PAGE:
THE MAN IN INDIAN SPORTS PSYCHOLOGY
A Tribute to Bhishmaraj Bam.
Anjali Bhagwat, is a name in rifle shooting that became the World Number One in 10metre air rifle shooting in 2002 and also won her first World Cup final in Milan in 2003 ! Suma Shirur had struck a rough patch just before the qualification deadline for the 2004 Olympics in Athens. Then at the Asian Championships in Kuala Lumpur, Suma shot a perfect score of 400 to win gold. Thus follows the success of the trio – Anjali Bhagwat, Suma Shirur and Deepali Deshpande in rifle shooting! The series of successes continues in the case of top badminton stars, P. Gopichand, Aparna Popat; cricketers Rahul Dravid, Sachin Tendulkar, Jatin Paranjape … tennis players; Harsh Mankad, Gaurav Natekar; golf players, athletes and many others. The list does not end here, these players won national and international acclaim.
Different games have different challenges… For example: sailing is a game of continuous activity without any break and golf is an exactly opposite game with long breaks in between two shots. Tennis players will think more about the scores while playing than the ball which they have to deal with. There are challenges of the game of chess, which need focus and selftalk. Also challenges faced by sportspersons need not always be professional in nature. Peak performance of any sportsperson is an amalgamation of physical and mental skills.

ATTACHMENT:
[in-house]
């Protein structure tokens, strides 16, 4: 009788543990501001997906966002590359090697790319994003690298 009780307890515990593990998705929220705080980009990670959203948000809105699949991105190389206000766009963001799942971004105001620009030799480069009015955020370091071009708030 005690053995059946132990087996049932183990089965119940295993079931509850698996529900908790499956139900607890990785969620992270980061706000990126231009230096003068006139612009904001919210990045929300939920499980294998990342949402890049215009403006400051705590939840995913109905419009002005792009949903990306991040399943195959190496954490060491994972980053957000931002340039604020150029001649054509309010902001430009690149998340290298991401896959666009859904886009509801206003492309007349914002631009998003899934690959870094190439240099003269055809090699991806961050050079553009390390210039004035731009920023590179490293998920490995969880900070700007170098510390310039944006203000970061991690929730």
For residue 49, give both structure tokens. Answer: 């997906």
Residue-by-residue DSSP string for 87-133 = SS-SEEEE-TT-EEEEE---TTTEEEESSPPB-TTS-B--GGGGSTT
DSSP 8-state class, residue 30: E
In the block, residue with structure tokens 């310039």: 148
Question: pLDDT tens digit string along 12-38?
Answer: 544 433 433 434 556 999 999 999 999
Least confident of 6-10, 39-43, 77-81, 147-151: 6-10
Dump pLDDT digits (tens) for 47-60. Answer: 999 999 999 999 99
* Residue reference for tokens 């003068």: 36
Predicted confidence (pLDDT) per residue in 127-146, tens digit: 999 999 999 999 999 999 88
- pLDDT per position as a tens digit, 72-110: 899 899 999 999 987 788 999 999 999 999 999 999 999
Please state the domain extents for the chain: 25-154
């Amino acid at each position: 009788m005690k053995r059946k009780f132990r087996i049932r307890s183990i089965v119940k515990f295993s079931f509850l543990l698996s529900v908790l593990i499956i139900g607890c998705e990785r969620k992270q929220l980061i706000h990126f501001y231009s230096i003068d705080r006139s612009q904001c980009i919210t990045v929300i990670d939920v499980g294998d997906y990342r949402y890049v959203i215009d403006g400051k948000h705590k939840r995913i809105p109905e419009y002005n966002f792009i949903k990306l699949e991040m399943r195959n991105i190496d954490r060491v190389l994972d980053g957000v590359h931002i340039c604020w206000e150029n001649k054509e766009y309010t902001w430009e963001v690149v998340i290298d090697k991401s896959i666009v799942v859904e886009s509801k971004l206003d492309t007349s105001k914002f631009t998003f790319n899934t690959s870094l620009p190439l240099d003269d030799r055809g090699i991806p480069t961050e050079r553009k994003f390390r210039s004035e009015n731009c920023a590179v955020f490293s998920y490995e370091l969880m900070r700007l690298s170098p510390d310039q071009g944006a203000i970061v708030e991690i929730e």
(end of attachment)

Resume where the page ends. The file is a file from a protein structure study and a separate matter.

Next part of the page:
The human mind tends to get focused on temptations rather than the required choice of focus. Most of the players get awed by the reputation of their opponents or by the form exhibited. Controlling thoughts and moods is an essential factor and the player has to train himself or herself for that.
THE RISE OF SPORTS PSYCHOLOGY
While sporting countries like Australia and the US have a psychologist on board for every team, especially during major events like The Olympics, we have a few psychologists attached to the entire Indian contingent. None of the sportspersons in India have understood better about the powers of the human mind than the shooters whose rich haul over the years has proved to be an eyeopener for their counterparts.